With Byhalia Pipeline In The Rear View, Memphis Can Focus On A Clean Energy Future

Memphis area residents have successfully defeated the Byhalia oil pipeline project, which was officially canceled by its developers on July 2.

Chris Carnevale and Pearl Eva Walker | July 9, 2021 | Energy Justice, Tennessee
Memphis has the Power Organizer, Pearl Eva Walker (bottom left) gathers with members of the Protect Our Aquifer group at a rally against the Byhalia Pipeline. Source: Pearl Eva Walker

The Byhalia pipeline was proposed to pump crude oil through Southwest Memphis to Marshall County, Mississippi, and presented a risk to the people of Memphis and the Memphis Sand Aquifer.

For many months, activists and advocates in Memphis have raised awareness about the risks that would be posed by the pipeline and built community opposition to the project. These groups included:

  • Memphis Community Against the Pipeline (MCAP),
  • Protect Our Aquifer, Southern Environmental Law Center (SELC),
  • Sierra Club Tennessee Chapter,
  • NAACP, Memphis Chapter & State Conference,
  • Southern Alliance for Clean Energy (SACE),
  • The Climate Reality Project, and
  • Mississippi Environmental Stewards.

Together, they built the collective political will that resulted in both Memphis City Council and Shelby County taking action in opposition to the construction of the pipeline.

This political will via “People Power” as described by Justin J. Pearson, MCAP co-founder, has also garnered the support and interest of Vice President Al Gore, Rev. William Barber, MLK50, Al Jazeera, and Memphis natives Cybill Shepherd and Justin Timberlake.

One of the actions Memphis City Council took to protect the community from the impacts of the pipeline was to start the process of considering an ordinance to regulate pipelines of oil and other potentially hazardous liquids, an authority the City does not currently have a way to exercise. City Council passed the ordinance on two of three required steps and was set to take the third and final vote on July 6, but a few days in advance of the vote, on July 2, the pipeline project developers announced they were canceling the project.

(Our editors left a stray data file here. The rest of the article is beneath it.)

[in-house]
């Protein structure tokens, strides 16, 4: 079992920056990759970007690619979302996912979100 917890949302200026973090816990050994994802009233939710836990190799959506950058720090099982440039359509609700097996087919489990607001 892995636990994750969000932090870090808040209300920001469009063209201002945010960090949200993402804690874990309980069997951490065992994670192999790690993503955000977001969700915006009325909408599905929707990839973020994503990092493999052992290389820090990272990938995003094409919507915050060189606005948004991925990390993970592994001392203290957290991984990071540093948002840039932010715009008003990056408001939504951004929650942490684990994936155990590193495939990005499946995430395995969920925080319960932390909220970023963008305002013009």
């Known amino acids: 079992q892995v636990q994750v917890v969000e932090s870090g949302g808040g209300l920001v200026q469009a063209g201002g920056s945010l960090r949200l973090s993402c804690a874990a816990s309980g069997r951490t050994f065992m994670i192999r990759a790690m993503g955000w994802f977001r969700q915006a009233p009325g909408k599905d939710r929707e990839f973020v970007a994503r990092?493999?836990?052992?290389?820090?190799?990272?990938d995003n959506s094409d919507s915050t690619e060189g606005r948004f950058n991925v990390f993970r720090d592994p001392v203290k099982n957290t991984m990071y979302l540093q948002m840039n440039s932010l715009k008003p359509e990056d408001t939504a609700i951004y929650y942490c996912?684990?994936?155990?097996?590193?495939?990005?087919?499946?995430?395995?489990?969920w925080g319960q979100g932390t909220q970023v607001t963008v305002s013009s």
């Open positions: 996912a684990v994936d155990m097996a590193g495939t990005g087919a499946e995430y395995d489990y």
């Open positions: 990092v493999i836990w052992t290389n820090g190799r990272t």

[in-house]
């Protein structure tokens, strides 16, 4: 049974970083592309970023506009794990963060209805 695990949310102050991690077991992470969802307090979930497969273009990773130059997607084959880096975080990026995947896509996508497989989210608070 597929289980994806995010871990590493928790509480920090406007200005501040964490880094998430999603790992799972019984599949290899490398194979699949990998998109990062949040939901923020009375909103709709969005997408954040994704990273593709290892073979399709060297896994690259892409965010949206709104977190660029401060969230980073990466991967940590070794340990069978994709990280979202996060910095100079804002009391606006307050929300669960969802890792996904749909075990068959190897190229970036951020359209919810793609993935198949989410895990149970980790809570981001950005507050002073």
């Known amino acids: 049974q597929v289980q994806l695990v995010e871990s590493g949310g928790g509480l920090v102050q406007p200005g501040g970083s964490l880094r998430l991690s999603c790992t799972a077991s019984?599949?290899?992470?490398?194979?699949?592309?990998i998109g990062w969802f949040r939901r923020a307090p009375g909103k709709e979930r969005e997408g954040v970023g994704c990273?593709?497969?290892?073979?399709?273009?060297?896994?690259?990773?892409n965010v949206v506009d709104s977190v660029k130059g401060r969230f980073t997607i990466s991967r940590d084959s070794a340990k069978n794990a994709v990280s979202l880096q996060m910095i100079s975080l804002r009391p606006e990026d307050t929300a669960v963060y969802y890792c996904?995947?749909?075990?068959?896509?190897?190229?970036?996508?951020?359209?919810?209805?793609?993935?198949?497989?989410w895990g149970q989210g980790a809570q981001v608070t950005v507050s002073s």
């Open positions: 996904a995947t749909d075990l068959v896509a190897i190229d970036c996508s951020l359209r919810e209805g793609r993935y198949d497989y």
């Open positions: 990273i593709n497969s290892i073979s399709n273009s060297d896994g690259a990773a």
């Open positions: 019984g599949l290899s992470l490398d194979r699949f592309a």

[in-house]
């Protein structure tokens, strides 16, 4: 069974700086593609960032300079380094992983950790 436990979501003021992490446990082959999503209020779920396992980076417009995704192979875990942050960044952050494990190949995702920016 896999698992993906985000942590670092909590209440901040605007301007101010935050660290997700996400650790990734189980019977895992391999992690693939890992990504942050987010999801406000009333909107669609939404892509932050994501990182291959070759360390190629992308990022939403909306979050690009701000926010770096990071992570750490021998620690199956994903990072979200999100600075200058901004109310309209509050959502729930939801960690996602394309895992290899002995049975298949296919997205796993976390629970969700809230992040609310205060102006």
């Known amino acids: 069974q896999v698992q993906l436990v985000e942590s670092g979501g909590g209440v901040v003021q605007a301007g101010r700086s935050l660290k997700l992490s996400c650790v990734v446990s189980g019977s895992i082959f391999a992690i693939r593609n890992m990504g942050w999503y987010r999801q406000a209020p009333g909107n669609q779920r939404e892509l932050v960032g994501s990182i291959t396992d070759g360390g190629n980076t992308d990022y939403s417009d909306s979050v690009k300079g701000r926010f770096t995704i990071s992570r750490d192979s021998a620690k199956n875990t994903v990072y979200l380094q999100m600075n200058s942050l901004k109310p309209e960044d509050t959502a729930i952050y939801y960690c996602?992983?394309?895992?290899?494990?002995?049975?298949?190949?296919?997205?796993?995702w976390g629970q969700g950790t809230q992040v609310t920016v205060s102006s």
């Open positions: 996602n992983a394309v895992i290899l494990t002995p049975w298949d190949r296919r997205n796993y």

The process of the pipeline being considered in recent months revealed a gap in the regulatory process that the City Council ordinance sought to address. And now that the immediate threat of the Byhalia Pipeline has passed, City Council will still consider adopting an ordinance in order to preemptively head off future threats similar to the Byhalia pipeline. City Council Member Jeff Warren announced at the City Council meeting on July 6 that he was going to stop advancing the ordinance that had already received two votes and City Council, and instead introduce an alternative ordinance to protect the Memphis aquifer to be considered at the July 20 Council meeting.

We at SACE are pleased that the Byhalia pipeline is no longer advancing, and are grateful to the Memphis activists, advocates, and elected leaders who fought the proposal. As we published earlier this year: amidst our dire need to rapidly transition from fossil fuels to clean energy, there is no place for a project like this that seeks to prolong the era of oil-based transportation by suing families in predominantly Black, low-income neighborhoods for land rights through eminent domain–families who already bear too heavy a burden from nearby sources of pollution–despite minimal public benefit and subjecting Memphis’ drinking water supply to the threat of an oil spill.

With the pipeline in the rearview mirror, Memphis can now focus on claiming the future of economic, environmental, and racial equity, bolstered by renewable energy and clean, electric transportation, free of burdensome pipelines and fossil fuel pollution.

Join our efforts to continue to advocate for affordable, equitable, and clean energy in Memphis, by signing up with our Memphis Has the Power campaign.

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Chris Carnevale
Based in Charleston, South Carolina, Chris is SACE’s Coastal Climate and Energy Manager and South Carolina State Affairs Liaison. Chris joined the SACE staff in 2011 to help build a…
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